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“Bite-Size Bits of Local, National, and Global History”
“Bite-Size Bits of Local, National, and Global History”
Madison in Dane County, Wisconsin — The American Midwest (Great Lakes)
 

Lizard Effigy Mound

500-1000 A.D.

 
 
Lizard Effigy Mound Marker image. Click for full size.
By William J. Toman, July 16, 2010
1. Lizard Effigy Mound Marker
Inscription. These mounds were constructed by a people of a hunting and gathering culture who met periodically at ceremonial grounds like this one to bury their dead.
 
Erected 1990 by Madison Landmarks Commission. (Marker Number 93.)
 
Marker series. This marker is included in the Wisconsin, Madison Landmarks Commission marker series.
 
Location. 43° 5.402′ N, 89° 20.713′ W. Marker is in Madison, Wisconsin, in Dane County. Marker can be reached from the intersection of Lakeland Avenue and Hudson Avenue, on the right when traveling east. Click for map. The marker is in Hudson Park. Marker is in this post office area: Madison WI 53704, United States of America.
 
Other nearby markers. At least 8 other markers are within walking distance of this marker. Lt. Gerald Stull USAF (about 400 feet away, measured in a direct line); Herman J. Loftsgordon House (about 800 feet away); Corry Carriage House (approx. 0.2 miles away); "Elmside" (approx. 0.2 miles away); Riley House (approx. mile away); "Let The Great Spirits Soar" (approx. mile away); Bear and Lynx Effigy Mounds (approx. mile away); St. Bernard's Catholic Church (approx. 0.3 miles away). Click for a list of all markers in Madison.
 
Regarding Lizard Effigy Mound.
Lizard Effigy Mound Marker image. Click for full size.
By William J. Toman, July 16, 2010
2. Lizard Effigy Mound Marker
The marker is nearly hidden in the prairie grasses under the tree.
According to the Madison Landmarks Commission, "Overlooking Lake Monona is a long tailed effigy mound [dating from 700-1200 A.D.] that has been referred to as a turtle, lizard, panther and water spirit. Part of the tail was cut off when Lakeland Avenue was constructed. This mound was originally part of a dense and extensive cluster of mounds that extended from the Yahara River to what is now Olbrich Park. The site was still a favored Ho-Chunk campground as late as the late 19th century.

"Wisconsin has the highest concentration of effigy mounds in the United States and the Madison area has one of the highest concentration of effigy mounds remaining. Most mounds were lost to 19th century agricultural practices and city development. The mound builders were farmers who also engaged in hunting and gathering. They lived in small villages and migrated from one to another based on the seasonal availability of natural resources. The mounds often, but not always, have burials associated with them, but their exact purpose is not entirely understood. Mounds tend to have been built in places with beautiful views of the surrounding countryside. The mounds are considered sacred by modern Native Americans and should be treated with respect."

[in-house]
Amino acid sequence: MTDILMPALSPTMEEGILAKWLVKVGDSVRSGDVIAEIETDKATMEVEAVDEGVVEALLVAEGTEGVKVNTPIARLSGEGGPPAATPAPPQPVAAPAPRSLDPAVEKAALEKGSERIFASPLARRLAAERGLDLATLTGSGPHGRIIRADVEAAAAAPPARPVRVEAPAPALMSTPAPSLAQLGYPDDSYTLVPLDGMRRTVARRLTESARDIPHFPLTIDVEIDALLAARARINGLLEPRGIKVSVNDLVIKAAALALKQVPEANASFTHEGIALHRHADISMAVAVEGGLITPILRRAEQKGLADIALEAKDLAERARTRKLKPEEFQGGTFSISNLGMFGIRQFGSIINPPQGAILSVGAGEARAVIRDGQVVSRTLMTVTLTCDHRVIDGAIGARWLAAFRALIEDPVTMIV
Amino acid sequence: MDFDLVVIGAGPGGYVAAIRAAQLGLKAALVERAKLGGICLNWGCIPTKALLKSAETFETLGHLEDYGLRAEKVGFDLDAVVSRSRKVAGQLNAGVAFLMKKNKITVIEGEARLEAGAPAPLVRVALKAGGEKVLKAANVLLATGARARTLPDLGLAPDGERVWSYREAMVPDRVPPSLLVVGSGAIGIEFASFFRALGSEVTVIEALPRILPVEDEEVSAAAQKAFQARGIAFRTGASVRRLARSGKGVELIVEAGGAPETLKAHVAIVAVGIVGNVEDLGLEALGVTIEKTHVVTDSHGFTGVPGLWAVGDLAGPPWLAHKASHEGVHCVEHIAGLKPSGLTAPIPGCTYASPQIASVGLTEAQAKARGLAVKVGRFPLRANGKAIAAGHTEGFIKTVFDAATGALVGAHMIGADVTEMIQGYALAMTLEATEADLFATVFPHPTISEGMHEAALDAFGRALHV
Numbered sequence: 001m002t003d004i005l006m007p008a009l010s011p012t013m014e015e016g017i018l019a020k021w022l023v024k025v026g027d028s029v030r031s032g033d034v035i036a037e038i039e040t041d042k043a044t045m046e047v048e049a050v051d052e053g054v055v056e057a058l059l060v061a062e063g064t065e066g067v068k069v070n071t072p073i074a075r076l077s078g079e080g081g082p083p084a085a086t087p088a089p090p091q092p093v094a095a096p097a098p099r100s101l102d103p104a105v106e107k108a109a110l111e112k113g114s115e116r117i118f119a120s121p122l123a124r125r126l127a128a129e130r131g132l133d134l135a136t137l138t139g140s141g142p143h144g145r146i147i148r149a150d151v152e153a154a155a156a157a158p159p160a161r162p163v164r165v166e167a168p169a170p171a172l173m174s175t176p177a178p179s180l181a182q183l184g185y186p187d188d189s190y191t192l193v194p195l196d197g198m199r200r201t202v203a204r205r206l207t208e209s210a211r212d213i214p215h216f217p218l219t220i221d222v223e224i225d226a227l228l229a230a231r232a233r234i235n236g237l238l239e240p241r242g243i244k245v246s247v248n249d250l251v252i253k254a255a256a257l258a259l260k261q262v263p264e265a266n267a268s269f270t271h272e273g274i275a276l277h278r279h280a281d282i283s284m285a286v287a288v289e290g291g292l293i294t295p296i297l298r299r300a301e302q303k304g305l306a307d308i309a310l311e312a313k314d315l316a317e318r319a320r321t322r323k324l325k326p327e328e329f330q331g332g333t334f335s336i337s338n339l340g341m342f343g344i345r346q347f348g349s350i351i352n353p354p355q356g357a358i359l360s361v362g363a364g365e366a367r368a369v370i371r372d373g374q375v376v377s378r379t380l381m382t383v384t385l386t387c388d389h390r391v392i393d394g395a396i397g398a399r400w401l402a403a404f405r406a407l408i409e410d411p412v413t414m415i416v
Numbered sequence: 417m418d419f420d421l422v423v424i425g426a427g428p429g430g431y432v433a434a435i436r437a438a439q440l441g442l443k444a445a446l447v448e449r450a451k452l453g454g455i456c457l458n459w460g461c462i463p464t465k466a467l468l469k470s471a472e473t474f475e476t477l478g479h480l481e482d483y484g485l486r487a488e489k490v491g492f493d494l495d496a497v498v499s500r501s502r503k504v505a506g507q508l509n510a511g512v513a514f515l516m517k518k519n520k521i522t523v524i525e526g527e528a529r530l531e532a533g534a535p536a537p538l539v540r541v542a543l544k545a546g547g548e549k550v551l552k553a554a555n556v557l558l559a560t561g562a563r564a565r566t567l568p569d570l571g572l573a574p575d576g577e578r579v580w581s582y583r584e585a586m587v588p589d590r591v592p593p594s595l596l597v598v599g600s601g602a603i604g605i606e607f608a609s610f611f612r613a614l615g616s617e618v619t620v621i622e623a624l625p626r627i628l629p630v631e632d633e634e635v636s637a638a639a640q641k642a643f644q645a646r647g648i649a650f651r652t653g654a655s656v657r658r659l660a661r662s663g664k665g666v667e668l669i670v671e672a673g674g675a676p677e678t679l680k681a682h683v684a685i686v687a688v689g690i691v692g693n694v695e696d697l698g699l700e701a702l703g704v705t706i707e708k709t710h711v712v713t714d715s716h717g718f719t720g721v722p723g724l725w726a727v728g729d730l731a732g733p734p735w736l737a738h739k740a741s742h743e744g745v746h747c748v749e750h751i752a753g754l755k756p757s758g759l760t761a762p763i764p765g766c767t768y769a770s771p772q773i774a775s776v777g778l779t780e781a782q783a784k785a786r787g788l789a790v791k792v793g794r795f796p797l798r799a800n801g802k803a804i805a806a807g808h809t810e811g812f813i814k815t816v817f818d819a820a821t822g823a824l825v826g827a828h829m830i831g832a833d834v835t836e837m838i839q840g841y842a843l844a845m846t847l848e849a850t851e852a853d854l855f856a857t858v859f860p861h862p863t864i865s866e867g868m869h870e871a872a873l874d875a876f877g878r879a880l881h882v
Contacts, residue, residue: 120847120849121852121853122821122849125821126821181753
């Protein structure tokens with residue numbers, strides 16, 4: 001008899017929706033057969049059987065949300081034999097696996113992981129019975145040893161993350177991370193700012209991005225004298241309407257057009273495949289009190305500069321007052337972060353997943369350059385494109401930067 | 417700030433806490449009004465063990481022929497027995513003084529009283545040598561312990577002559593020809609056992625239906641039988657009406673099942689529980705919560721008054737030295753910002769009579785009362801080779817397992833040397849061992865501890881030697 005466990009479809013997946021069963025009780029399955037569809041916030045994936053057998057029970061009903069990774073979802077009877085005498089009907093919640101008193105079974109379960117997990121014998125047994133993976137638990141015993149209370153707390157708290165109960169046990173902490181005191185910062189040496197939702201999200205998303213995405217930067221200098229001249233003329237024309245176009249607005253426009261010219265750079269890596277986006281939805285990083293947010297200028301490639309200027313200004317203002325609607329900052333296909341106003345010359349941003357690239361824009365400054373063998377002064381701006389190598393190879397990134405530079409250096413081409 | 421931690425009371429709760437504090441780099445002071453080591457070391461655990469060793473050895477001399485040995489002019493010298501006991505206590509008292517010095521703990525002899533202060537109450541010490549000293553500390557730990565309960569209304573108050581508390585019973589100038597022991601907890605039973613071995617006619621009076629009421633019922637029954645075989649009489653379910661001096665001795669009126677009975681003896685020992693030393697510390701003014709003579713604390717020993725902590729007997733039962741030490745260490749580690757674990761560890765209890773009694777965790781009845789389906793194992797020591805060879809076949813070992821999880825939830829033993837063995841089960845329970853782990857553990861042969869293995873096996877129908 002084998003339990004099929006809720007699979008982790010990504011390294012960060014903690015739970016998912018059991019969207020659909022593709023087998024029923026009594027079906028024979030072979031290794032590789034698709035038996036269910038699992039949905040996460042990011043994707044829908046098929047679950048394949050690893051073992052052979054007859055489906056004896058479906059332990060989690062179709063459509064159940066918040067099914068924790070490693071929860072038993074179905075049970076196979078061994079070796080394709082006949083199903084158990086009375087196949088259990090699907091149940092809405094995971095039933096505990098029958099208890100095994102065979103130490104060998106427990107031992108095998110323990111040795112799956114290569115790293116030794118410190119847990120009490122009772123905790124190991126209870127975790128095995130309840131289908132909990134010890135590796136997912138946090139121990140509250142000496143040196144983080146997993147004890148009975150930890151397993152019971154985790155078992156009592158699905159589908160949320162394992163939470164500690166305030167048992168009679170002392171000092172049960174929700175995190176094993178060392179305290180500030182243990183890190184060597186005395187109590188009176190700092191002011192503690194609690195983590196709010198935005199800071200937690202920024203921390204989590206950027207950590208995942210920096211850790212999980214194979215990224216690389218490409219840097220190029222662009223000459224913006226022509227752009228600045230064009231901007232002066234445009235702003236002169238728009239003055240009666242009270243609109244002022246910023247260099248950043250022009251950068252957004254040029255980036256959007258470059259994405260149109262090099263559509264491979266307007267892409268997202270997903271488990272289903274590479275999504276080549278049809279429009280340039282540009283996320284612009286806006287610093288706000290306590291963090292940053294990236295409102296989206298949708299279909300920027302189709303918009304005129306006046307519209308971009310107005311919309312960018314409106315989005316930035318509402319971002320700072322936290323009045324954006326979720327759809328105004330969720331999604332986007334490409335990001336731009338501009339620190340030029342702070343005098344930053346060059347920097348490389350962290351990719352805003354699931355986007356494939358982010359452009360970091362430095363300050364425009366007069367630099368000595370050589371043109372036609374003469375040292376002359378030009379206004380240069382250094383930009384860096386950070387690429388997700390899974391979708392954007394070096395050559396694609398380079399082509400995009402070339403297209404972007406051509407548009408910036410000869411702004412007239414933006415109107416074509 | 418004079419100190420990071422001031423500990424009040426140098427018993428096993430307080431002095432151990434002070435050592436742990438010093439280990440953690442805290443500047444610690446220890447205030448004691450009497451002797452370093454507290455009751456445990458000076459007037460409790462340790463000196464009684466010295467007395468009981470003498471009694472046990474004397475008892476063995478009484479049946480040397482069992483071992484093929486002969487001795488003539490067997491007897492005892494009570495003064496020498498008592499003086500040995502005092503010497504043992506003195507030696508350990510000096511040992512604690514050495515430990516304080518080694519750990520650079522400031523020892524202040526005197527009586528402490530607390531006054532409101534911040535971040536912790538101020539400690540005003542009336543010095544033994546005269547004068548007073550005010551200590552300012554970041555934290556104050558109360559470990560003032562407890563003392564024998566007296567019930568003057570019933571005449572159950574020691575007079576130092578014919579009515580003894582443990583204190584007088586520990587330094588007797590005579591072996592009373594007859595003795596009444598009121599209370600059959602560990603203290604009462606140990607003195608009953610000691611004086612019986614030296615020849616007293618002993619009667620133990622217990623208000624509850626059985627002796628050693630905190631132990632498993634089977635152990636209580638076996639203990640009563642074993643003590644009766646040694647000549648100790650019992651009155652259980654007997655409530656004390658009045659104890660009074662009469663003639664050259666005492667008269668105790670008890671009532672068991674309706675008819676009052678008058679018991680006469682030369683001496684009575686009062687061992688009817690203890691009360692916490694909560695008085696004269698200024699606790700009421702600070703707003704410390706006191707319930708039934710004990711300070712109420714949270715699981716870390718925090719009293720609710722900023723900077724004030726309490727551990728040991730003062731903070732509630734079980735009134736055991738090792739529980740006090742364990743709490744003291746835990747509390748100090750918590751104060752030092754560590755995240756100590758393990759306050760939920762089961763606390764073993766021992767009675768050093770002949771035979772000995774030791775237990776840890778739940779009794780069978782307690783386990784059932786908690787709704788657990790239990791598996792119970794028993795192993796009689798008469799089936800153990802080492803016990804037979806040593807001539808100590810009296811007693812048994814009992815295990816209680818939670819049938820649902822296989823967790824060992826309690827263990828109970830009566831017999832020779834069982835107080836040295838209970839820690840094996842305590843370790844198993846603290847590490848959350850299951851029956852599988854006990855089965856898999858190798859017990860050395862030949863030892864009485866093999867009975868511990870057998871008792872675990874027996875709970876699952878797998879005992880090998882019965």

According to a 1996 survey by Robert A. Birmingham and Katherine H. Rankin entitled Native American Mounds in Madison and Dane County,
The Marker is in Hudson Park image. Click for full size.
By William J. Toman, July 16, 2010
3. The Marker is in Hudson Park
"At the intersection of Lakeland and Hudson Avenues is a long-tailed animal effigy variously referred to as a turtle, a lizard and a panther. Part of the tail was cut off when Lakeland Avenue was constructed.

"This mound was originally part of a large group of mounds located a short distance west of the Elmside Mounds. This group included a goose mound with folded wings, at least one bird mound, animal effigies and other mounds. They were destroyed by residential development around the turn of the century."
 
Also see . . .
1. Madison is an Indian mound capital. Related marker with links to other markers for Madison Indian mounds. (Submitted on July 24, 2010, by William J. Toman of Green Lake, Wisconsin.) 

2. Madison Landmarks Commission. The landmark nomination form for the mound (pdf). (Submitted on March 26, 2011, by William J. Toman of Green Lake, Wisconsin.) 
 
Categories. Cemeteries & Burial SitesNative AmericansNotable Places
 
Map of mounds near marker image. Click for full size.
By Native American Mounds in Madison and Dane County, July 24, 2010
4. Map of mounds near marker
Black shading represents existing mounds and grey shading shows lost mounds.
 
 
Credits. This page originally submitted on , by William J. Toman of Green Lake, Wisconsin. This page has been viewed 1,121 times since then and 6 times this year. Last updated on , by William J. Toman of Green Lake, Wisconsin. Photos:   1, 2, 3. submitted on , by William J. Toman of Green Lake, Wisconsin.   4. submitted on , by William J. Toman of Green Lake, Wisconsin. • Kevin W. was the editor who published this page. This page was last revised on June 16, 2016.
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